Methods in Transfer Pricing
Methods for determining Arm’s length price
These methods are briefly described as under:
(a) Comparable uncontrolled Price Method (CUP)
a. Under CUP method, price charged for property or services transferred in a controlled transaction is compared to price charged in a comparable uncontrolled transaction.
b. The price identified is to be adjusted to account for material differences between the transactions being compared. The adjustments will be done keeping in view many factors like contractual terms, geographical markets etc.
c. The source of information to identify the comparable price can be challenging task.
(b) Resale price method RPM
Under this method:
- the price at which property or services obtained by the enterprise from an associated enterprise is resold to an unrelated enterprise, is identified;
- such resale price is reduced by the amount of a normal gross profit margin accruing to the enterprise or to an unrelated enterprise from the purchase and resale of the same or similar property or services, in a comparable uncontrolled transaction, or a number of such transactions;
- the price is still reduced by the expenses incurred by the enterprise in connection with the purchase of property or obtaining of services;
d. the price so arrived at is adjusted to take in to account the functional and other differences if any, between the international transaction and the comparable uncontrolled transactions, or between the enterprises entering into such transactions, which could materially affect the amount of gross profit margin;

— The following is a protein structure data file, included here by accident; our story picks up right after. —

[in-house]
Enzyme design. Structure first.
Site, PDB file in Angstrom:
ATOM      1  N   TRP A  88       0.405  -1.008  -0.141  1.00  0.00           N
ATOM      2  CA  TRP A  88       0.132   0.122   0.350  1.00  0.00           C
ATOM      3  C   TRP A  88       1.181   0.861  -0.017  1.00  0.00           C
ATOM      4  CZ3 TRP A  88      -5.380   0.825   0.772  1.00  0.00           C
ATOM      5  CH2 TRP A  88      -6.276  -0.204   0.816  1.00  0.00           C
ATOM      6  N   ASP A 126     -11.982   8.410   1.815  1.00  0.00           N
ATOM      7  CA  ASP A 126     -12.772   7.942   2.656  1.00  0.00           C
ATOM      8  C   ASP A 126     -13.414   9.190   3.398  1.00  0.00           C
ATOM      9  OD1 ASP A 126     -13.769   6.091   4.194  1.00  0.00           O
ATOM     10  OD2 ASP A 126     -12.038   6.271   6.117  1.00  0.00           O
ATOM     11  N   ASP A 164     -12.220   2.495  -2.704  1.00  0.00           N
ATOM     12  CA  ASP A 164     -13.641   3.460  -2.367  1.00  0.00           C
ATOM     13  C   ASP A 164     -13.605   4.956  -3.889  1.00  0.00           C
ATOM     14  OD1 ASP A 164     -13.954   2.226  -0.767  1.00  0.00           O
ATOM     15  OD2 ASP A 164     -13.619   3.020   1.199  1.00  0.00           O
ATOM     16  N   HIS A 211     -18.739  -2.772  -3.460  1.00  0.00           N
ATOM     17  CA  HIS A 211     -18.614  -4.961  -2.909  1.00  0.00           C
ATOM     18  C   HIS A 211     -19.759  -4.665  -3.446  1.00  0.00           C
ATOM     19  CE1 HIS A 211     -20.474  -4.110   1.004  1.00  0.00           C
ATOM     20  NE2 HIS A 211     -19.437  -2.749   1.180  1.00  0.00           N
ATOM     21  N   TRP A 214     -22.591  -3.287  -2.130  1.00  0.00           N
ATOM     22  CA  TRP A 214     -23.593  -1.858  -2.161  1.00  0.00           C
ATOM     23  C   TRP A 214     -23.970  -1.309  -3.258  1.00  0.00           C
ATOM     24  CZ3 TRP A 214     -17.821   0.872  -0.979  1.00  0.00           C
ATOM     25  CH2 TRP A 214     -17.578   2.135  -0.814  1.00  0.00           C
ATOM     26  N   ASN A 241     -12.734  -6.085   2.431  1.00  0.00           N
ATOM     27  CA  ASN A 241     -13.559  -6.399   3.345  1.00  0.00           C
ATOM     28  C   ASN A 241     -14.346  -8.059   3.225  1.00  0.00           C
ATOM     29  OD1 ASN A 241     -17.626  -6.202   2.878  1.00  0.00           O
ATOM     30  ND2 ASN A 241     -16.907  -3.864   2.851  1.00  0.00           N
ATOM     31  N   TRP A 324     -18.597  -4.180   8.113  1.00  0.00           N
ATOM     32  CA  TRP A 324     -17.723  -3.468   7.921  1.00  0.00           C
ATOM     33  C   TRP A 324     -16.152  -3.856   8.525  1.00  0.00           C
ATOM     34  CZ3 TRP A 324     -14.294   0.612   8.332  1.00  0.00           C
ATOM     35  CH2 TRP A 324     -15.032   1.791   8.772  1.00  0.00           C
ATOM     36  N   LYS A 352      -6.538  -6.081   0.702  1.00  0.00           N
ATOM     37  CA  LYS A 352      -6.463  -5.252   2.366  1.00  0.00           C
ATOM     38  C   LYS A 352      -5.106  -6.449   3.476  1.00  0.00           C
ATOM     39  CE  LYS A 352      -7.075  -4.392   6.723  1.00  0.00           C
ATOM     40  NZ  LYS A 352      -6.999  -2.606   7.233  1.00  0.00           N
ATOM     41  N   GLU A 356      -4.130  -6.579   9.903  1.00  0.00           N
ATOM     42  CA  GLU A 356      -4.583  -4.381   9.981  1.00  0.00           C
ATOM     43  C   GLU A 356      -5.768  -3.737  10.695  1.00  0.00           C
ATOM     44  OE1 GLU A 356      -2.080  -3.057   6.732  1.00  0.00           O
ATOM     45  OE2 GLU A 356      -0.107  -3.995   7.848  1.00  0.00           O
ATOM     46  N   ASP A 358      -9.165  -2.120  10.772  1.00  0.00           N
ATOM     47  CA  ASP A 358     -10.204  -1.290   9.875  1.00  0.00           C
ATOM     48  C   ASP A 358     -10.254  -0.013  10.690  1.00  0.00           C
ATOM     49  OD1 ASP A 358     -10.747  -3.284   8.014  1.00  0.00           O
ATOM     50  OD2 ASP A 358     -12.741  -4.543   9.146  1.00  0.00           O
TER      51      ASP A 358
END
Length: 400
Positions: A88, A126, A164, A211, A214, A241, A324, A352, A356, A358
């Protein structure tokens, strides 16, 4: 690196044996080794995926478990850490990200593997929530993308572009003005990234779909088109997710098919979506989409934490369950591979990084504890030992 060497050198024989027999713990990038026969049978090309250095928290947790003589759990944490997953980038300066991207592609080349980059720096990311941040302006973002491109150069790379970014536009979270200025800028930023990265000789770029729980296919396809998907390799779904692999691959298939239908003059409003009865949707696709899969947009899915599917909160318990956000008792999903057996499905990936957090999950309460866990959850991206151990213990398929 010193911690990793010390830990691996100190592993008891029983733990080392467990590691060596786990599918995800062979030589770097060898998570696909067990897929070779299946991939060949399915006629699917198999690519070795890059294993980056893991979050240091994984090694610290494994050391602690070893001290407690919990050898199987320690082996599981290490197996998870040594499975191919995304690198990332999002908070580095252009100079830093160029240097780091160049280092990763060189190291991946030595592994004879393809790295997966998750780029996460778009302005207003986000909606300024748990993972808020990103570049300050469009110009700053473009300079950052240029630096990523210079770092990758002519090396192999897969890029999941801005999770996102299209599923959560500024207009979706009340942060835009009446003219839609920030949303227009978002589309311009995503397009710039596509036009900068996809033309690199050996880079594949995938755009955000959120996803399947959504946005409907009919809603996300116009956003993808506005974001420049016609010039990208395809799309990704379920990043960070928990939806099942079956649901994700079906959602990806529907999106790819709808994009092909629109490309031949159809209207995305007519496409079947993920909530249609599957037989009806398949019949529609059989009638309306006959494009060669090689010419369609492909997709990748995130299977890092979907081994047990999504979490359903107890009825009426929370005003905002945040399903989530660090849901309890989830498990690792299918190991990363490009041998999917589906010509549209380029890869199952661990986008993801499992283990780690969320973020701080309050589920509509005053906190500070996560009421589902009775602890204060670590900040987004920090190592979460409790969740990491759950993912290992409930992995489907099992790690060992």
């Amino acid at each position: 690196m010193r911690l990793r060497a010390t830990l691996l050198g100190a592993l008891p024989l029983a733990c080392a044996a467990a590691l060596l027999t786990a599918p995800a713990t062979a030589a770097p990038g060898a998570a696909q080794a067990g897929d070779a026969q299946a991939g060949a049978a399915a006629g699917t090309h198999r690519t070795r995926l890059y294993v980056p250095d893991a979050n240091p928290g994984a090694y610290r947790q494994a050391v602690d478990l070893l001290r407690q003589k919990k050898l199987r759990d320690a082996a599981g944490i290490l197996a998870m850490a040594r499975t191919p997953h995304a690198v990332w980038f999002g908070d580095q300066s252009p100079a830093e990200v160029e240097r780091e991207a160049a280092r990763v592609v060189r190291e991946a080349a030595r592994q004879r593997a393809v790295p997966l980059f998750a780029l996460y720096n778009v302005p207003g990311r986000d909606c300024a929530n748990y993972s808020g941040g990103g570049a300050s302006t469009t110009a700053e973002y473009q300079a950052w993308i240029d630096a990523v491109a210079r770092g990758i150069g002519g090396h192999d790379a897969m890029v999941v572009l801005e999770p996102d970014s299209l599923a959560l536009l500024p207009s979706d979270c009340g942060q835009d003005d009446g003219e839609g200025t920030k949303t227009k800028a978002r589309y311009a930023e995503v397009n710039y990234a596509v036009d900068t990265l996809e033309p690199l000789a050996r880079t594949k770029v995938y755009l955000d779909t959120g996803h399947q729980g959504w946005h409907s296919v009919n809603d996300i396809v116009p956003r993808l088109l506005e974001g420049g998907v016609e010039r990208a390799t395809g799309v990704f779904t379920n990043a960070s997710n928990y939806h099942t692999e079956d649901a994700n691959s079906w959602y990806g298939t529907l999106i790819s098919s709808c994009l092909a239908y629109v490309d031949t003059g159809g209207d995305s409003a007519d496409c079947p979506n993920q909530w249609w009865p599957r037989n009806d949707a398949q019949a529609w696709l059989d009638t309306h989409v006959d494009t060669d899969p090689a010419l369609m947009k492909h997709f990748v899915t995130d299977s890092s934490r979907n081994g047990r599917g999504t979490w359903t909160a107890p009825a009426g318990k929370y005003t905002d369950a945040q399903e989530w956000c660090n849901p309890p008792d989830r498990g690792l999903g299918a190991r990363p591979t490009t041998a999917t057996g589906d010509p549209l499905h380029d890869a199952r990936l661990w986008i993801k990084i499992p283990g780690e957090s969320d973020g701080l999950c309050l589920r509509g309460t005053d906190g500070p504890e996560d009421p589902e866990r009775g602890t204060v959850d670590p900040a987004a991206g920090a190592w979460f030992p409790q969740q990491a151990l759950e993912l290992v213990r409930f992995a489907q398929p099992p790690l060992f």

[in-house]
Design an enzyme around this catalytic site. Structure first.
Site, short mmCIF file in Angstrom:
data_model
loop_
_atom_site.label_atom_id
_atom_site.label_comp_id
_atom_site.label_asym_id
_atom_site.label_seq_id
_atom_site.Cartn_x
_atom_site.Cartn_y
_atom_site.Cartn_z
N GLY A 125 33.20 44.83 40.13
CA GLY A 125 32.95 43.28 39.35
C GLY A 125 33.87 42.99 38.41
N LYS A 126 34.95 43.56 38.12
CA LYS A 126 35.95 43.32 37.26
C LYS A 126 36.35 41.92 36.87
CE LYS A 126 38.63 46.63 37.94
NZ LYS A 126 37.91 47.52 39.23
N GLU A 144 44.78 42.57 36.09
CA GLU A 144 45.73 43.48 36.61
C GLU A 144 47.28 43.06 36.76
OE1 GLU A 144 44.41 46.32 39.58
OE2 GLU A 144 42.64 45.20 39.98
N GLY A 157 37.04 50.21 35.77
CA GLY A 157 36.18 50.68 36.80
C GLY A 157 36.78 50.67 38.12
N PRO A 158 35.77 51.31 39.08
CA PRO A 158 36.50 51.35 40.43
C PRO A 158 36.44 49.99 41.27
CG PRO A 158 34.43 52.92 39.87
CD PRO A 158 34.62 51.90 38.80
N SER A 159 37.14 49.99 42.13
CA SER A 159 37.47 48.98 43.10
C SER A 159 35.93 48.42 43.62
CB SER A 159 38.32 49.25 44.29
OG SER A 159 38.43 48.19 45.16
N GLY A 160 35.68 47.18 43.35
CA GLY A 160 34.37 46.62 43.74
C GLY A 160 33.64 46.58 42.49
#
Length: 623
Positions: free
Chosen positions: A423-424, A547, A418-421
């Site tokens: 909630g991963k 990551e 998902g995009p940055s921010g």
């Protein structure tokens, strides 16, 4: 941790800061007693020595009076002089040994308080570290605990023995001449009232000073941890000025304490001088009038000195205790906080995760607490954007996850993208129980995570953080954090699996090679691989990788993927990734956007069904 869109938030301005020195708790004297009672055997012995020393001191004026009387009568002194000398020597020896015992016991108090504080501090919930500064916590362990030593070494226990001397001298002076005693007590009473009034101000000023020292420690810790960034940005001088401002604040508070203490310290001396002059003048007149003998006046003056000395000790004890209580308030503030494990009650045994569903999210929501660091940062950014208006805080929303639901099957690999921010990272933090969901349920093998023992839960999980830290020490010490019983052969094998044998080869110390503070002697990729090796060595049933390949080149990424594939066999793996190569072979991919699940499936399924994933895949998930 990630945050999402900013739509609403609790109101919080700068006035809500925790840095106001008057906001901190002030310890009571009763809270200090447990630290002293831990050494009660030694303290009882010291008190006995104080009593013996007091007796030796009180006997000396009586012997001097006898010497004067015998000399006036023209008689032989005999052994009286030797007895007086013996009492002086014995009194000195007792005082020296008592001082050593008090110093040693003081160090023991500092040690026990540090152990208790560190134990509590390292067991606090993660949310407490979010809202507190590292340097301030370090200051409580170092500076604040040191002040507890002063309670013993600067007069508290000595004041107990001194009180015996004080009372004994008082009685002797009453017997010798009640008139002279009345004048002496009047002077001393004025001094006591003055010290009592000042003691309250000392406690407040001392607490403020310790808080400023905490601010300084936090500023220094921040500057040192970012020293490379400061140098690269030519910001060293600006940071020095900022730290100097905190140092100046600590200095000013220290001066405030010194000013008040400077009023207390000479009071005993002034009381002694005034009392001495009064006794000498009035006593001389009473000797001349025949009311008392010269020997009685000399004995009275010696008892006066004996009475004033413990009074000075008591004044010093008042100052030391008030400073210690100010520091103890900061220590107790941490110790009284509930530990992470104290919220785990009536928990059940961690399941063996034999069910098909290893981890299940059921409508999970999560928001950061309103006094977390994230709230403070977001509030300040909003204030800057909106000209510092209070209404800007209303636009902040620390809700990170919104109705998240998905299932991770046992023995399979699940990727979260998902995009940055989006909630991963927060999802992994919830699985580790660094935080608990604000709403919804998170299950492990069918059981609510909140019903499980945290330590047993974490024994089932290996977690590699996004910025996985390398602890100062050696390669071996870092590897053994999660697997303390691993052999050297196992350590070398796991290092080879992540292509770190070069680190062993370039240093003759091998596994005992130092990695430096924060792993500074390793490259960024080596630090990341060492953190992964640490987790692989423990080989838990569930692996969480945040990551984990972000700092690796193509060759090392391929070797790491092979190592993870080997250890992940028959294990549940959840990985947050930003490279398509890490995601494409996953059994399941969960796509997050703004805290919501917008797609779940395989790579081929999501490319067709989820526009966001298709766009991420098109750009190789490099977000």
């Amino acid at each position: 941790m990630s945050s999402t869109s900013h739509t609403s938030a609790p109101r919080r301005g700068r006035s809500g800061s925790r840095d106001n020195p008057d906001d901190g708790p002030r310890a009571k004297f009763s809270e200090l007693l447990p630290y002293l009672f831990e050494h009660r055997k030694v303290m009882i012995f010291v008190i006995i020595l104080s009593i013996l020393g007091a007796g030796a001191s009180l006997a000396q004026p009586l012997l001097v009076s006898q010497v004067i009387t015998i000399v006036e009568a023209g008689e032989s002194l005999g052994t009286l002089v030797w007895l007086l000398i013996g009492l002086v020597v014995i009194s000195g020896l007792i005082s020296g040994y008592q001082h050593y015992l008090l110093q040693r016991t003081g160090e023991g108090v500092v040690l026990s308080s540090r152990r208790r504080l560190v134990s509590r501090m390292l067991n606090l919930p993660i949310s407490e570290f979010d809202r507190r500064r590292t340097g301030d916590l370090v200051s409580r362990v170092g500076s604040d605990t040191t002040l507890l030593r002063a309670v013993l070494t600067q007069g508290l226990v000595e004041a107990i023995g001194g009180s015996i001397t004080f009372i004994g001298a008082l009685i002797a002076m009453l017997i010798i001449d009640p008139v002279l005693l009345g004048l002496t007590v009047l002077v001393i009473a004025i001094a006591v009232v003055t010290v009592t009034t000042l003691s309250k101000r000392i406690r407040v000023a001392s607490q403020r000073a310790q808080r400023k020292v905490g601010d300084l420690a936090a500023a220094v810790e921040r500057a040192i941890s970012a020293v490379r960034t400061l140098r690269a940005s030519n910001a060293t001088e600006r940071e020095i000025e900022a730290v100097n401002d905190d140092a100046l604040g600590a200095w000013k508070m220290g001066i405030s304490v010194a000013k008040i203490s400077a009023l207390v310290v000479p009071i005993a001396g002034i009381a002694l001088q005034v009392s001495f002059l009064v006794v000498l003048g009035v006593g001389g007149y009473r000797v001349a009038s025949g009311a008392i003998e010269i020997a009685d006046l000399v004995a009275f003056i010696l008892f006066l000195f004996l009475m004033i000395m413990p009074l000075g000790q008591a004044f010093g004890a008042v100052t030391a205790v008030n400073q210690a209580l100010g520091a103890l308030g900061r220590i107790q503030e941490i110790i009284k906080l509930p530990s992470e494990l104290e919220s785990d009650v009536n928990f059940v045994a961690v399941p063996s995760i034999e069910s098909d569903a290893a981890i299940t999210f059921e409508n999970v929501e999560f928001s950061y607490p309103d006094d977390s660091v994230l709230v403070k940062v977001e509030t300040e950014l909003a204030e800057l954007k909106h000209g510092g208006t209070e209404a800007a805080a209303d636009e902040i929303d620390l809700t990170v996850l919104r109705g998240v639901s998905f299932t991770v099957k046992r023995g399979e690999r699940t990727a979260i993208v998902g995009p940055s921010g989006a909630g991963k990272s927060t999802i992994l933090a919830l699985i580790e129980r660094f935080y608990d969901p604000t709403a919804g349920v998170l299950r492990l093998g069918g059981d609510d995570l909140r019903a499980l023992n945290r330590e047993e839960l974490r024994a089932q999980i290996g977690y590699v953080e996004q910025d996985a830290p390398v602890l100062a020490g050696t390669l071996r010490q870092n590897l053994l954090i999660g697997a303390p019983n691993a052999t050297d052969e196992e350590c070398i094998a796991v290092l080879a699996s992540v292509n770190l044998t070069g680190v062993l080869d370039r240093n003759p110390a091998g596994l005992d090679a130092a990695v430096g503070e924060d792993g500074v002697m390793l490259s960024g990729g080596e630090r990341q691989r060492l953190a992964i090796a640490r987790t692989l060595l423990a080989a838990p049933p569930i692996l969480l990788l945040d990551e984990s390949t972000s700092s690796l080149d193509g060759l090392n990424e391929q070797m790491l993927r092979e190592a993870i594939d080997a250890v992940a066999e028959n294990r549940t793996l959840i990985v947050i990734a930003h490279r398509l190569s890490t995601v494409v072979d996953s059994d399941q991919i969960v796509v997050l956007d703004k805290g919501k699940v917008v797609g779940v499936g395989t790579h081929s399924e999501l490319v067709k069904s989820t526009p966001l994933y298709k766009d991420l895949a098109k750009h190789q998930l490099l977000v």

e. The price so arrived is taken to be an arm’s length price in respect of the purchase of the property or obtaining of the services by the enterprise from the associated enterprise.
The RPM is applicable in resale situation, where the property or services purchased from an associated enterprise are resold to an unrelated enterprise. The RPM is generally regarded as appropriate for the pricing of product purchased by a company that operates as a service provider, which adds a little or no value.
(c) Cost plus Method (CPM)
In this method the cost incurred by the supplier of property or services in a controlled transaction is identified. The cost can be direct & indirect cost of production. An appropriate mark up is then added to this cost, in the light of functions performed and market conditions.
.length price of controlled transactions. In this method overheads are not taken into consideration as cost
(d)Profit split method
Under this method, the arm’s length price is determined through a division of the consolidated profits of the ‘associated enterprises’.
The steps involved in applying this method are:
- The combined profits of the associated enterprises from the related transactions is determined.
- Then contributions of each enterprise towards earning of profits will be evaluated based on functions performed, assets employed and risks assumed.
- The combined net profit will be split in proportion to relative contributions.
The profit thus apportioned is taken in to account to arrive at the arm’s length price.
The method is applicable in cases involving multiple transactions which are so inter related that they cannot be evaluated separately.
(e) Transnational net margin method (TNMM)
The TNMM examines the net profit margin of a taxpayer with an associated enterprise. The net margin is calculated with respect to appropriate base say costs, sales and assets etc. The net margin of the taxpayer from the controlled transaction is determined by reference to the margins earned in comparable uncontrolled transactions for establishing arm’s length price. The comparability is judged with reference to following:-
- Specific characteristics of the property or services
- Functions performed, Risks involved & Assets deployed